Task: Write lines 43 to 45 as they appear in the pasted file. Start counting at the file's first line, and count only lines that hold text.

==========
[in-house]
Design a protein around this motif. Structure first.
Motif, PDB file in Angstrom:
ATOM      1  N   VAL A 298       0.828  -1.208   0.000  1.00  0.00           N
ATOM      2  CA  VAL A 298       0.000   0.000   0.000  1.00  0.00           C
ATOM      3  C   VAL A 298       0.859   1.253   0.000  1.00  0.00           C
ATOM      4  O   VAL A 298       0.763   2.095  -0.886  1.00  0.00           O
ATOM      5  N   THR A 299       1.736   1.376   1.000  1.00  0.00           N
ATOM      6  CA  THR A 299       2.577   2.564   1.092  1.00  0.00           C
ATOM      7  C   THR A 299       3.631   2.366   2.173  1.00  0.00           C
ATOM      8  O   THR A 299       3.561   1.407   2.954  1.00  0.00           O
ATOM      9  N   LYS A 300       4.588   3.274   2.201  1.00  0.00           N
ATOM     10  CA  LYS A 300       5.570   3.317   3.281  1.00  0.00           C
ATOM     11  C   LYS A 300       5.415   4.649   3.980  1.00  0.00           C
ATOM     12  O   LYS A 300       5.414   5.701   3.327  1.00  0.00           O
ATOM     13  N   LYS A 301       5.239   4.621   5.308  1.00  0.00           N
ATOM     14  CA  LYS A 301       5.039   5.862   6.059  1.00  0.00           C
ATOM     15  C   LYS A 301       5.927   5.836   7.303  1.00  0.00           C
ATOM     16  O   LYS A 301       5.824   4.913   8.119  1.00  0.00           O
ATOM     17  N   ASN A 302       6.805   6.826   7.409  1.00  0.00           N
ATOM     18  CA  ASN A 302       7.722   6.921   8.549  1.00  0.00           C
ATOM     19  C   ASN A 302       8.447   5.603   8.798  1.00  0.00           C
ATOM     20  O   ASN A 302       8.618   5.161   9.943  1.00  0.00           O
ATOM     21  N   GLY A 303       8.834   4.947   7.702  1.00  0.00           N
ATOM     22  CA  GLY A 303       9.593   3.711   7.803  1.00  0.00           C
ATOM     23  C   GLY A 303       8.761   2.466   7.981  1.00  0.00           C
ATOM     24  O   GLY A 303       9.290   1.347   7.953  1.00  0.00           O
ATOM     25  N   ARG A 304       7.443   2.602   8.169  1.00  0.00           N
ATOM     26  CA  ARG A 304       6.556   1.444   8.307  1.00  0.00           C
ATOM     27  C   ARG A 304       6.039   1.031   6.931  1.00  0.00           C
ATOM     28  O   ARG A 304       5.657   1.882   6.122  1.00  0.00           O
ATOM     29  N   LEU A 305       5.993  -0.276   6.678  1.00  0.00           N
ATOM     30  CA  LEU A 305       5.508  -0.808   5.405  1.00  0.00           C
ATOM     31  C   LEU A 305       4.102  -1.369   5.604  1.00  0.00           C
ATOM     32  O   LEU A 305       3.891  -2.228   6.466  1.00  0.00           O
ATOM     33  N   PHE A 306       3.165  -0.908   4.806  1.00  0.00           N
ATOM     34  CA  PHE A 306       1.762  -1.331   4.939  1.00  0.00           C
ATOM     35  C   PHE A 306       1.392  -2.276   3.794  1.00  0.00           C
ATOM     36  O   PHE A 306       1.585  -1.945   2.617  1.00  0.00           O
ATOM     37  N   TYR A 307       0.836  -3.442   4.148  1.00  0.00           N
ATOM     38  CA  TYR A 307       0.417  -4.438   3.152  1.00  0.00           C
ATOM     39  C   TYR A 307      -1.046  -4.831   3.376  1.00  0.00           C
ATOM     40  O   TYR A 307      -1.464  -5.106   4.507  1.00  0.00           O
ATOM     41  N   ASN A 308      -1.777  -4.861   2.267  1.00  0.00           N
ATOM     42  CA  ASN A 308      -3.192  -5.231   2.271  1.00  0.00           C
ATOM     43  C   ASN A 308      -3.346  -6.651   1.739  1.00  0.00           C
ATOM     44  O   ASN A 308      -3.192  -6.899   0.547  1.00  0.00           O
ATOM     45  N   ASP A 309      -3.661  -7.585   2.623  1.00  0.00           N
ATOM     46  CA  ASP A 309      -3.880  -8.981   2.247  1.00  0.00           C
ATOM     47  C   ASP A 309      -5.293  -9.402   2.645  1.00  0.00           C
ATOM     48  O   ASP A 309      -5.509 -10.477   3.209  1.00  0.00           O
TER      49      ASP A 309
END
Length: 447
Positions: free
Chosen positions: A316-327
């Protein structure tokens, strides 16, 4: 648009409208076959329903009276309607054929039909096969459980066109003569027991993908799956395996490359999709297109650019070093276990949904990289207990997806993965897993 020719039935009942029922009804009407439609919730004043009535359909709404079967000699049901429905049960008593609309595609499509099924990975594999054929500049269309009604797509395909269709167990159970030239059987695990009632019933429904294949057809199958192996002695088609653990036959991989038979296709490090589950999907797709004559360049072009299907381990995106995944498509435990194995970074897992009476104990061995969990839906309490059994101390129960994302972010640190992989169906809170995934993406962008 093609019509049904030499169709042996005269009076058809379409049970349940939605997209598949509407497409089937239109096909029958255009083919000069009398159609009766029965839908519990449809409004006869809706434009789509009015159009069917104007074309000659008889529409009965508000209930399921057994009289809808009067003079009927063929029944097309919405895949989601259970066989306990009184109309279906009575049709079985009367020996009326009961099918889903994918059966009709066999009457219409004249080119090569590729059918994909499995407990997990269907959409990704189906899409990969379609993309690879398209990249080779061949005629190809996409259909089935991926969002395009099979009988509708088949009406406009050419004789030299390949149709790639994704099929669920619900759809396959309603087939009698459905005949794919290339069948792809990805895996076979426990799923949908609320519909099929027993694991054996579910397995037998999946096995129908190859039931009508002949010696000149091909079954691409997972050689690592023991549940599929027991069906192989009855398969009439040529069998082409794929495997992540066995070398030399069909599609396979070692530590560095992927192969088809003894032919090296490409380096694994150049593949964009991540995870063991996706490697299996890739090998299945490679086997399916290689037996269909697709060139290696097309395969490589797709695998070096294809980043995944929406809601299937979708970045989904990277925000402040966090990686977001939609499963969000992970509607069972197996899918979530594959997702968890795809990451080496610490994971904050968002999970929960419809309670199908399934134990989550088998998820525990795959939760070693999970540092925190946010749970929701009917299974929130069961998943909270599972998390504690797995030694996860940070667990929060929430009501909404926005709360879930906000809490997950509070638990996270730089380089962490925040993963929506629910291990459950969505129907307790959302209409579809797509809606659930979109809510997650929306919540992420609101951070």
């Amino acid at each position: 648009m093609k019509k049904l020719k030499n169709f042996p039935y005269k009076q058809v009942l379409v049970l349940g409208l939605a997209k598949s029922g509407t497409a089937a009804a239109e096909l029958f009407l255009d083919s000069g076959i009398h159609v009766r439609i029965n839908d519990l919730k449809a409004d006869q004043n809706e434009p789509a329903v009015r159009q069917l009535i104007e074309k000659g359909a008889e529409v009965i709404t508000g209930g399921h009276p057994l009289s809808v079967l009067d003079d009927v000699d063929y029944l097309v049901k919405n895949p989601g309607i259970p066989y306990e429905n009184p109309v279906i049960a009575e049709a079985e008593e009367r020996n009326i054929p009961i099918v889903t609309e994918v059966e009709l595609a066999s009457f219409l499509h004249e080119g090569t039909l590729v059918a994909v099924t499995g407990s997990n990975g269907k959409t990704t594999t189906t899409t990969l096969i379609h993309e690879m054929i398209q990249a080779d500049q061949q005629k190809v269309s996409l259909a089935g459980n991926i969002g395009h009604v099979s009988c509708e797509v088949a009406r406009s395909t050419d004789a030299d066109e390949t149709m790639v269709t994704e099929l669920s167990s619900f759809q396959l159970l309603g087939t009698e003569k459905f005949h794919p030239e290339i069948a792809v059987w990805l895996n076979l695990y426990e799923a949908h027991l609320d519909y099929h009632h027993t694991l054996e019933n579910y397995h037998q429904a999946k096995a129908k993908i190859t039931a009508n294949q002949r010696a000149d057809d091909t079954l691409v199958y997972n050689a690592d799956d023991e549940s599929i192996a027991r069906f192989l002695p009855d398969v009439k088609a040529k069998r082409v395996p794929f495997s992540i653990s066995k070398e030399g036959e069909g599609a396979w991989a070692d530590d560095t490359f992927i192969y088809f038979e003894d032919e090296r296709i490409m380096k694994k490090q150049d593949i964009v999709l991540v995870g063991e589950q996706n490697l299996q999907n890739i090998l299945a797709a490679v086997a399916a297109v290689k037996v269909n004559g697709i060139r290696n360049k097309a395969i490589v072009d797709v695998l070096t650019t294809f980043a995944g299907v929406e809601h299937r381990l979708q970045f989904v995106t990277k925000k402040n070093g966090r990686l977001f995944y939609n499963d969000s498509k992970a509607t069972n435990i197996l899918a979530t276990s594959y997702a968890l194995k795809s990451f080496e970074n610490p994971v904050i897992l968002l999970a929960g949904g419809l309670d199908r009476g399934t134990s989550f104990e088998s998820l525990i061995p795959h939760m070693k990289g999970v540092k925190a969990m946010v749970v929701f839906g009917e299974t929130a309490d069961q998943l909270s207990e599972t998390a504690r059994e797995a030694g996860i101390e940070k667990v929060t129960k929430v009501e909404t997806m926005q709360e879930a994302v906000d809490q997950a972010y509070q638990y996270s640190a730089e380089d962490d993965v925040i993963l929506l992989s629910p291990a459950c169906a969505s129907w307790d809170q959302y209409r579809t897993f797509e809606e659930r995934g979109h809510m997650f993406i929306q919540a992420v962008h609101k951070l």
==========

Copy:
ATOM     40  O   TYR A 307      -1.464  -5.106   4.507  1.00  0.00           O
ATOM     41  N   ASN A 308      -1.777  -4.861   2.267  1.00  0.00           N
ATOM     42  CA  ASN A 308      -3.192  -5.231   2.271  1.00  0.00           C